- MacDonald, Scott. “Interview with Jordan Belson.” In A Critical Cinema 3: Interviews with Independent Filmmakers, 64–92. Berkeley: University of California Press, 1998.
- Zinman, Gregory. “RE-ENTRY: Thoughts on Jordan Belson: 1926–2011.” The Brooklyn Rail, December 2011.
- Film & Video: Storm de Hirsch: Peyote Queen. UbuWeb.
The following Harry Smith films are playing at Anthology Film Archives, 32 2nd Ave, Manhattan, on Thursday, December 18, 7:30 PM.
- Film Nos. 1–5, 7, 10 (Early Abstractions) (Harry Smith, 1941–57, 23 min.)
- Film No. 6 (Harry Smith, 1948–51, 1.5 min.)
- Film No. 11 (Mirror Animations) (Harry Smith, 1957, 4 min.)
- Film No. 14 (Late Superimpositions) (Harry Smith, 1964, 28 min.)
- Film No. 16 (Oz: Tin Woodman’s Dreams) (Harry Smith, 1967, 15 min.)
With the following film screening on Friday, December 19, 7:30 PM:
- Film No. 12 (Heaven and Earth Magic) (Harry Smith, 1950–61, 66 min)
November 20 • Structural Filmmaking
- Wavelength (Michael Snow, 1967, 45 min.)
- Nostalgia (Hollis Frampton, 1971, 36 min.)
- T,O,U,C,H,I,N,G (Paul Sharits, 1969, 12 min.)
- Bad Burns (Paul Sharits, 1982, 6 min.)
- New Improved Institutional Quality (Owen Land, 1976, 10 min.)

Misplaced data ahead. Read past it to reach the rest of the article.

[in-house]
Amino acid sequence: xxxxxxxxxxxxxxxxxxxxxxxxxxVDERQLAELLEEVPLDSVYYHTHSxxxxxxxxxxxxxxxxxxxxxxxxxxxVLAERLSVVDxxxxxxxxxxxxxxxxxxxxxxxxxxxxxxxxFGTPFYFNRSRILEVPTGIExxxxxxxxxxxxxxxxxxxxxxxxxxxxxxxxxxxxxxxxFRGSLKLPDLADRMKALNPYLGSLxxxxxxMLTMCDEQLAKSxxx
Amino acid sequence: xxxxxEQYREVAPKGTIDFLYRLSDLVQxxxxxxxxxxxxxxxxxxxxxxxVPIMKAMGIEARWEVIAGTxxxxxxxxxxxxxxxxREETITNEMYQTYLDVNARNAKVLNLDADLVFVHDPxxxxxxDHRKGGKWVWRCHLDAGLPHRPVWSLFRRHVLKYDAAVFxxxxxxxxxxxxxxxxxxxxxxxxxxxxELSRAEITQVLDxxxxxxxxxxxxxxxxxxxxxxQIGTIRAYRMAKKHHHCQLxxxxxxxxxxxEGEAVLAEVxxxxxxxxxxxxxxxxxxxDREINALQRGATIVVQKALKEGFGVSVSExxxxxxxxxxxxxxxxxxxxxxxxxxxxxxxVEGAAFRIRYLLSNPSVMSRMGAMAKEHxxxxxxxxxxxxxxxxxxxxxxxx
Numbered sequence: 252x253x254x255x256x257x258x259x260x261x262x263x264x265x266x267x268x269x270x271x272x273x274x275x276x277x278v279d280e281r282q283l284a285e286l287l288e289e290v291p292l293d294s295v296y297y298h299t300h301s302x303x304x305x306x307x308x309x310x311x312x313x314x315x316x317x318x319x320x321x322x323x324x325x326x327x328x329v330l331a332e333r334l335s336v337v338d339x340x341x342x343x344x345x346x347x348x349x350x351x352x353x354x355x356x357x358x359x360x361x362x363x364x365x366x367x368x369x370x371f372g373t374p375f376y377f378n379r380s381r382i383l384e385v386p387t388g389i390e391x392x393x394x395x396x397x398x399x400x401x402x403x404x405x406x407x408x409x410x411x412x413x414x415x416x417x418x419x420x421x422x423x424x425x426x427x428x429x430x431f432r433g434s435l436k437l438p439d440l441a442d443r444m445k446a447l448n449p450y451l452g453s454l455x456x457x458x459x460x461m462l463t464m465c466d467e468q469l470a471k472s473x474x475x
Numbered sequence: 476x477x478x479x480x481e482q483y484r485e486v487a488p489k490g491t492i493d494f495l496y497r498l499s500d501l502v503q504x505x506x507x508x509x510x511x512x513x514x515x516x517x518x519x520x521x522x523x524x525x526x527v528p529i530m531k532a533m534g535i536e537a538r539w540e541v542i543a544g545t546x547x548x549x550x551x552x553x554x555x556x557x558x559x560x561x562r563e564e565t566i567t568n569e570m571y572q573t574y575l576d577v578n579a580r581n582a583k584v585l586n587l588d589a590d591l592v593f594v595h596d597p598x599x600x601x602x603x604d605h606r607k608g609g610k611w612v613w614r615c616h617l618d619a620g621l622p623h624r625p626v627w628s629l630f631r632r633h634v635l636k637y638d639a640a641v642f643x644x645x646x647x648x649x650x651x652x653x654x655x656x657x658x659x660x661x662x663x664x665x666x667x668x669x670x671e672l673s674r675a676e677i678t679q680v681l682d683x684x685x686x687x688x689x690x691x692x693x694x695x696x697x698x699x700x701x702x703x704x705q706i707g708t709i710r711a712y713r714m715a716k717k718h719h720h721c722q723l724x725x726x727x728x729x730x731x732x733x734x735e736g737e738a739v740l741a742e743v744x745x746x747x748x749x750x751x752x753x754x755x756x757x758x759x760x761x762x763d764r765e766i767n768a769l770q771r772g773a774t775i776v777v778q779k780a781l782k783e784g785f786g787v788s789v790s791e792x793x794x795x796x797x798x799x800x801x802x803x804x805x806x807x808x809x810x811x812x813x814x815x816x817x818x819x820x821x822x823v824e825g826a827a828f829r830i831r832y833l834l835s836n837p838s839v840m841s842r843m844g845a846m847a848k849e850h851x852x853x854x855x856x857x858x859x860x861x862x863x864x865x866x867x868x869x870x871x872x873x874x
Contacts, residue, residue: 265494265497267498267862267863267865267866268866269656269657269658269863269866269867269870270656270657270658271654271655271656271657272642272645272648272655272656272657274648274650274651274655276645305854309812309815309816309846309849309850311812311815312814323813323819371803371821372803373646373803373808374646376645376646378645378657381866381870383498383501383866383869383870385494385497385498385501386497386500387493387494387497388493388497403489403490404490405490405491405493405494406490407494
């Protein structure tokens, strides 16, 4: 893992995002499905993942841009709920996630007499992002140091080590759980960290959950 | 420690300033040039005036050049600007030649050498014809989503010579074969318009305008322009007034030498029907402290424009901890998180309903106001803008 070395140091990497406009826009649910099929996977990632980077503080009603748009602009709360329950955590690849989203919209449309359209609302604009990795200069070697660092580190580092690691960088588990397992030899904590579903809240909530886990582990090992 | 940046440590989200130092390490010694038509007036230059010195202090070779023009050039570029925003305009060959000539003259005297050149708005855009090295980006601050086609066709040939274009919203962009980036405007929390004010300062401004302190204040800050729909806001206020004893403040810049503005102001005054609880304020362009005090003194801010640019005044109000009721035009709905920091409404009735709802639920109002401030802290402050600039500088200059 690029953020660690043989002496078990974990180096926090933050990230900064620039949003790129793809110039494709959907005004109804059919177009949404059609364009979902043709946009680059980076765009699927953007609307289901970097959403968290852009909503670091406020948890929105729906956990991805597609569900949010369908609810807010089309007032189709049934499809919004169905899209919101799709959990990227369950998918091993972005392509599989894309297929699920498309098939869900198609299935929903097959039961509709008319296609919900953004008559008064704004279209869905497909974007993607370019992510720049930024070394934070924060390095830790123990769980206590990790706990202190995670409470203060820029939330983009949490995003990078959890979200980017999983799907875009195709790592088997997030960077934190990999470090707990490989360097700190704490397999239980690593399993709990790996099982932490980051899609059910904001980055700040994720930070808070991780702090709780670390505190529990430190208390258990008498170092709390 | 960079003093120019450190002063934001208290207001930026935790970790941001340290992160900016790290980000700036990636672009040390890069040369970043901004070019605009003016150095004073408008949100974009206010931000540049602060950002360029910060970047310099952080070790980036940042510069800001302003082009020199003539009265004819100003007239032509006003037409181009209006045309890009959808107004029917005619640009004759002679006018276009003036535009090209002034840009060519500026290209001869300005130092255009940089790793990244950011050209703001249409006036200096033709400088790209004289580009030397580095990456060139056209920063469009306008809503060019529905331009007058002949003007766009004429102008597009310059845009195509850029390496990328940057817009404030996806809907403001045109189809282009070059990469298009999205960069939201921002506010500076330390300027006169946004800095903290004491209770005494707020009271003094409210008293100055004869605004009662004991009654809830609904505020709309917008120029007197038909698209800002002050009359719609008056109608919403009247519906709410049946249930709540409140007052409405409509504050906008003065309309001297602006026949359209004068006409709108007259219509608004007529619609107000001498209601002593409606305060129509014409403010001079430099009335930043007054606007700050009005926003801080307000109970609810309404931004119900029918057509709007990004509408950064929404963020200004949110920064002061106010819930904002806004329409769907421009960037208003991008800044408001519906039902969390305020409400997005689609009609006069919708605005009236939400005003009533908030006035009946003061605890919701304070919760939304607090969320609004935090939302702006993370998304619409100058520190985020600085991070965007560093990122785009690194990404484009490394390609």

- Sitney, P. Adams. “Structural Film.” In Visionary Film: The American Avant-Garde, 1943–2000, 369–397. Oxford; New York: Oxford University Press, 2002.
- James, David. “Pure Film.” In Allegories of Cinema: American Film in the Sixties, 237–279. Princeton: Princeton University Press, 1989.
- MacDonald, Scott. “Interview with Hollis Frampton.” In A Critical Cinema: Interviews with Independent Filmmakers, 21–77. Berkeley: University of California Press, 1988.
- MacDonald, Scott. “Interview with Michael Snow.” In A Critical Cinema: Interviews with Independent Filmmakers, 51–76. Berkeley: University of California Press, 1988.
December 4 • Video Art
- Baldessari sings [Sol] LeWitt (John Baldessari , 1972, 4 min.)
- Undertone [Excerpt] (Vito Acconci, 1972, 9 min.)
- Vertical Roll (Joan Jonas, 1972, 20 min.)
- Television Delivers People (Richard Serra, 1973, 6 min.)
- Five-Minute Romp Through the IP (Dan Sandin, 1973, min.)
- Female sensibility (Lynda Bengalis, 1973, 15 min.)
- Triangle in front of square in front of circle in front of triangle (Dan Sandin, 1973, 2 min.)
- Boomerang (Richard Serra/Nancy Holt, 1974, 10 min.)
- Performer/Audience/Mirror (Dan Graham, 1975, 23 min.)
- Cycles of 3s and 7s (Tony Conrad, 1976, 3 min.)
- Sweet light (Bill Viola, 1977, 9 min.)
- Vital statistics of a citizen, simply obtained (Martha Rosler, 1977, 39 min.)
December 18 • Final Project Due
Please present your final projects in class today. Also, bring your written statements to class.